The Nigerian man is trying to sue for his persecution, and got a judge to say:
As the Ninth Circuit recognized in Brittain v. Hansen, “It is long-settled that custodial parents have a liberty interest in the ‘companionship, care, custody, and management’ of their children.” This interest does not evaporate simply because they have not been model parents or have lost temporary custody of their child to the state. In Smith v. City of Fontana, the Ninth Circuit panel wrote that § 1983 permits parents to challenge “a state’s severance of a parent-child relationship as interfering with their liberty interests in the companionship and society of their children.” “This constitutional interest in familial companionship and society logically extends to protect children from unwarranted state interference with their relationships with their parents” because “[t]he companionship and nurturing interests of parent and child in maintaining a tight familial bond are reciprocal, and we see no reason to accord less constitutional value to the child-parent relationship than we accord to the parent-child relationship.”
He has done well to get that opinion, but it is still very unlikely that he will collect damages.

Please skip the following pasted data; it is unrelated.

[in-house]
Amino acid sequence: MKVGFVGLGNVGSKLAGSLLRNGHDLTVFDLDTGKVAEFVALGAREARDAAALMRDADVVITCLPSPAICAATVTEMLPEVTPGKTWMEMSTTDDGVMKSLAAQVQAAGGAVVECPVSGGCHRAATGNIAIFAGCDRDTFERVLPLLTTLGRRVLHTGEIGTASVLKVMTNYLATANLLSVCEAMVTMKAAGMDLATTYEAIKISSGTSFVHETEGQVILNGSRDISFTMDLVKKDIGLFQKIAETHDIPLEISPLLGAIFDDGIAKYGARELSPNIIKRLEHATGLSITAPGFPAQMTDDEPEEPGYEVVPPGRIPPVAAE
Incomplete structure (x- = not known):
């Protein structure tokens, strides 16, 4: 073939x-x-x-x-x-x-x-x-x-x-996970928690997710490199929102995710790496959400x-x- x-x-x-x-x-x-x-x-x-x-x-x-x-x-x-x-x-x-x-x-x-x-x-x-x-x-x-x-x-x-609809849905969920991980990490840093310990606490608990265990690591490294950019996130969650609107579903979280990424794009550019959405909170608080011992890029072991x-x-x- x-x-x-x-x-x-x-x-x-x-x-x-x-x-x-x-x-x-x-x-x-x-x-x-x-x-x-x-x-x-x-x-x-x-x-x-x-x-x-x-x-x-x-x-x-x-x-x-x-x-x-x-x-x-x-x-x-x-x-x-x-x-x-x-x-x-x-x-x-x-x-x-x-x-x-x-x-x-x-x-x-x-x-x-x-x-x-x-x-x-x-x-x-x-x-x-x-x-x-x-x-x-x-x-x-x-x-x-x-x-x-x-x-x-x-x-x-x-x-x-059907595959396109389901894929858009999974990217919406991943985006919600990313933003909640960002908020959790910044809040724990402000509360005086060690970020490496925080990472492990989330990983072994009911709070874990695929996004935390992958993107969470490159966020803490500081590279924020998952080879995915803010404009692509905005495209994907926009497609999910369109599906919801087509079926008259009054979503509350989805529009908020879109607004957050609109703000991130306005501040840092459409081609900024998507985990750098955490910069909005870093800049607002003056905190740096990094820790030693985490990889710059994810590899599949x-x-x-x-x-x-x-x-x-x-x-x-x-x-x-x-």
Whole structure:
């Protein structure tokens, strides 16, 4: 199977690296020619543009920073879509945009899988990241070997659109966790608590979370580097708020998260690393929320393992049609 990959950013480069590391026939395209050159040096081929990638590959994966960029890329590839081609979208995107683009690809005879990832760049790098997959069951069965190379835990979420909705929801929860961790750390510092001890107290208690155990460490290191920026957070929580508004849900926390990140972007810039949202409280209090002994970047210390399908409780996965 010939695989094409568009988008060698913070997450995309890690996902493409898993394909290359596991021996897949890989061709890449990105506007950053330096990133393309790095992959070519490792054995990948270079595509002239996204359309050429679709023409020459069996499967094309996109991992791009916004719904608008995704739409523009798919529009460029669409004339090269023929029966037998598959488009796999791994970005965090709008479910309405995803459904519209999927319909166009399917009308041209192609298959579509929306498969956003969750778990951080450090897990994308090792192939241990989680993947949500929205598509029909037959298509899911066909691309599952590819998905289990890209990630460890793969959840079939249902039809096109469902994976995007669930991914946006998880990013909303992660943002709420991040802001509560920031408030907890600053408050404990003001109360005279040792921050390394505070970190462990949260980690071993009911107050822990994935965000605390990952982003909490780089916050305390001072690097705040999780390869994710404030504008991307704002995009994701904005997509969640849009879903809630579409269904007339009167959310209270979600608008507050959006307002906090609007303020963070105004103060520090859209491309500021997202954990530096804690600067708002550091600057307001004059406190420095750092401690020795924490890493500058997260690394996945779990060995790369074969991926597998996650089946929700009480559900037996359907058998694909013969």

You would think that CPS and the DA would back off, once the jury voted not guilty. The man spent 2 years wrongly in jail. Isn't that enough?

No, that is not how they think. They had to vindicate themselves by forcing the guy to admit to something wrong. That is, to make him admit that it was a mistake to call they boy's dad before calling 911.

Here is another case that is contrary to the principle of innocense until proven guilty. Apparently it is common for a prosecutor to try a man on a long list of charges, get a jury conviction on just a couple of the counts, and then convince the judge to sentence the guy as if he were guilty of everything. But only 3 of our 9 US Supreme Court justices stand squarely in favor the concept of only being sentenced for the actual crime convictions:
Today, the Supreme Court denied certiorari in Jones v. United States. At issue was whether a criminal defendant’s Sixth Amendment rights are violated when a court imposes a sentence that, but-for a judge-found fact, would be unreasonable. Here the defendants were acquitted of a conspiracy to distribute drugs charge, but the judge nonetheless made a finding that the defendants had participated in such a conspiracy when determining their sentences for other drug offenses.

The Court’s denial of certiorari in Jones drew a dissent from three Justices — Scalia, Thomas and Ginsburg. This may seem like an odd lineup, but all three have adopted a fairly uncompromising approach to the Sixth Amendment, arguing repeatedly that the Amendment’s jury trial right requires that all elements of a crime and sentencing facts be proved to a jury beyond a reasonable doubt. Thus all three were understandably troubled by the lower court’s decision in Jones. Interestingly enough, they could not get a fourth justice to support a cert grant.
I doubt that we will see another President with the guts to appoint another Clarence Thomas to the Supreme Court.